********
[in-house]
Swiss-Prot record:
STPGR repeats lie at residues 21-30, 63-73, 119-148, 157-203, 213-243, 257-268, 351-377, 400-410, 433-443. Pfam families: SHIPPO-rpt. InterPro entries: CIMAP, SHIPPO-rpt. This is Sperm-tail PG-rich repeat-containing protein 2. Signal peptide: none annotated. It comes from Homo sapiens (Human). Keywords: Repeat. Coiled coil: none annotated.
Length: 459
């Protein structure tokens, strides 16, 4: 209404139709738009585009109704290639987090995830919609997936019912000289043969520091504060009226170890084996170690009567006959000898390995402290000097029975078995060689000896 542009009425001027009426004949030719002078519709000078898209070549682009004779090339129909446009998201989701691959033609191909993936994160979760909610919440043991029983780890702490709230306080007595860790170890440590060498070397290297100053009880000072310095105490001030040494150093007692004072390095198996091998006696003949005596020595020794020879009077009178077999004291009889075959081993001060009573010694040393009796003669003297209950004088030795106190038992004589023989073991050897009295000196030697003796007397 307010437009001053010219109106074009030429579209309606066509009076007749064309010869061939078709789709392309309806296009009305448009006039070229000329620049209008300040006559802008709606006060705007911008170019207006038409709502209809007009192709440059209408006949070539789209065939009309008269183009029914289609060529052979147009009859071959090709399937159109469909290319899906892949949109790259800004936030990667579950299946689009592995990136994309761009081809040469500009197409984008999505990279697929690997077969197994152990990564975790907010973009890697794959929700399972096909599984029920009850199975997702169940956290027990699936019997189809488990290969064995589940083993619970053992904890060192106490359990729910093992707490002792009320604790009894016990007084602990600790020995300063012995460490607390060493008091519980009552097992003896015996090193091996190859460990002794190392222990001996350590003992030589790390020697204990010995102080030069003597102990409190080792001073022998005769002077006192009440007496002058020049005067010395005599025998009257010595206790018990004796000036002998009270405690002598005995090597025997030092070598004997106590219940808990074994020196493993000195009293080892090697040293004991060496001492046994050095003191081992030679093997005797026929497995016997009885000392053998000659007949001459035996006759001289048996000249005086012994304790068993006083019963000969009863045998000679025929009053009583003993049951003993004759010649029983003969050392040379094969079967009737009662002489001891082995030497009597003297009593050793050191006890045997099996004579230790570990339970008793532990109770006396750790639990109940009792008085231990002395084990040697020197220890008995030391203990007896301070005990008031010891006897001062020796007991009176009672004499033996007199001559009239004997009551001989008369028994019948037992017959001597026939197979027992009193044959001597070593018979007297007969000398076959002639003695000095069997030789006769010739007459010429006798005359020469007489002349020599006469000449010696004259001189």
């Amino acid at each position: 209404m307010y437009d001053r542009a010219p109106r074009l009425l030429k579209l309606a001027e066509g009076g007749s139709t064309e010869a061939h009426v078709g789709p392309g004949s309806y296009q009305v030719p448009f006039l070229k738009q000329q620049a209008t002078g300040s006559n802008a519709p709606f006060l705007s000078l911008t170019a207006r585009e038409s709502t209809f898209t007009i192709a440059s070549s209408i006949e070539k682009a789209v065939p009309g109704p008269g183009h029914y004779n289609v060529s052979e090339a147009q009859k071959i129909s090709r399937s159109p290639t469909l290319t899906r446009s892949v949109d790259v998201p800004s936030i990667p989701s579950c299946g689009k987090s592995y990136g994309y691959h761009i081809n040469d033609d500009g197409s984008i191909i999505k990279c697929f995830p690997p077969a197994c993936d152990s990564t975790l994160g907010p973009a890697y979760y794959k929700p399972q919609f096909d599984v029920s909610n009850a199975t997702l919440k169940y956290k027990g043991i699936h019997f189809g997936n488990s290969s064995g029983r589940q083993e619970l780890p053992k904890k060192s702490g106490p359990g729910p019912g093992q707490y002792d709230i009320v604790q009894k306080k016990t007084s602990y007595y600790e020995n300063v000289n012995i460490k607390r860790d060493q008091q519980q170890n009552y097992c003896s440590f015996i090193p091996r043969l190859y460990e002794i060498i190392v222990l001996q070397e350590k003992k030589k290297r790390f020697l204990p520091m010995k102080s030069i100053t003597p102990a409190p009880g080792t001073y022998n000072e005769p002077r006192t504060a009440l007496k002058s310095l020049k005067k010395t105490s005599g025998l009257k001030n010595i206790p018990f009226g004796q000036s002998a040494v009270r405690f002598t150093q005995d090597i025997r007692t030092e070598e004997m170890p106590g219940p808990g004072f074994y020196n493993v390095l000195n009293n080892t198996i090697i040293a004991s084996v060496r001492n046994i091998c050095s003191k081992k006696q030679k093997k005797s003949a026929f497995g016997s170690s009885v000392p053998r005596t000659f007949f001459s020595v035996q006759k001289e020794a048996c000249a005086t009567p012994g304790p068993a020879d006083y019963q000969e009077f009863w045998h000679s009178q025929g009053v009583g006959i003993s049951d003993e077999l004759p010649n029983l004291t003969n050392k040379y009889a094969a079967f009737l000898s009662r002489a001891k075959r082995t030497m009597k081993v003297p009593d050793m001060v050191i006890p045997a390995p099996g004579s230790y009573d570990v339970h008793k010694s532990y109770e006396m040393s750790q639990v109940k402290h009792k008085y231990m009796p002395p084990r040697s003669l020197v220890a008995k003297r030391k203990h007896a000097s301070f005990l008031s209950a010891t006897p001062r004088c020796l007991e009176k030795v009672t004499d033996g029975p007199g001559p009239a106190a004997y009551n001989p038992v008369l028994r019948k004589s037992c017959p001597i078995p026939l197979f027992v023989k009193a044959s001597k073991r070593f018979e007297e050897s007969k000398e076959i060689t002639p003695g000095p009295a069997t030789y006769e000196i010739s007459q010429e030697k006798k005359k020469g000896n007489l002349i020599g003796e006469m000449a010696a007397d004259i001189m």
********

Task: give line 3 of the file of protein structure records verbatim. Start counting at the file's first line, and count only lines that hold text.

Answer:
STPGR repeats lie at residues 21-30, 63-73, 119-148, 157-203, 213-243, 257-268, 351-377, 400-410, 433-443. Pfam families: SHIPPO-rpt. InterPro entries: CIMAP, SHIPPO-rpt. This is Sperm-tail PG-rich repeat-containing protein 2. Signal peptide: none annotated. It comes from Homo sapiens (Human). Keywords: Repeat. Coiled coil: none annotated.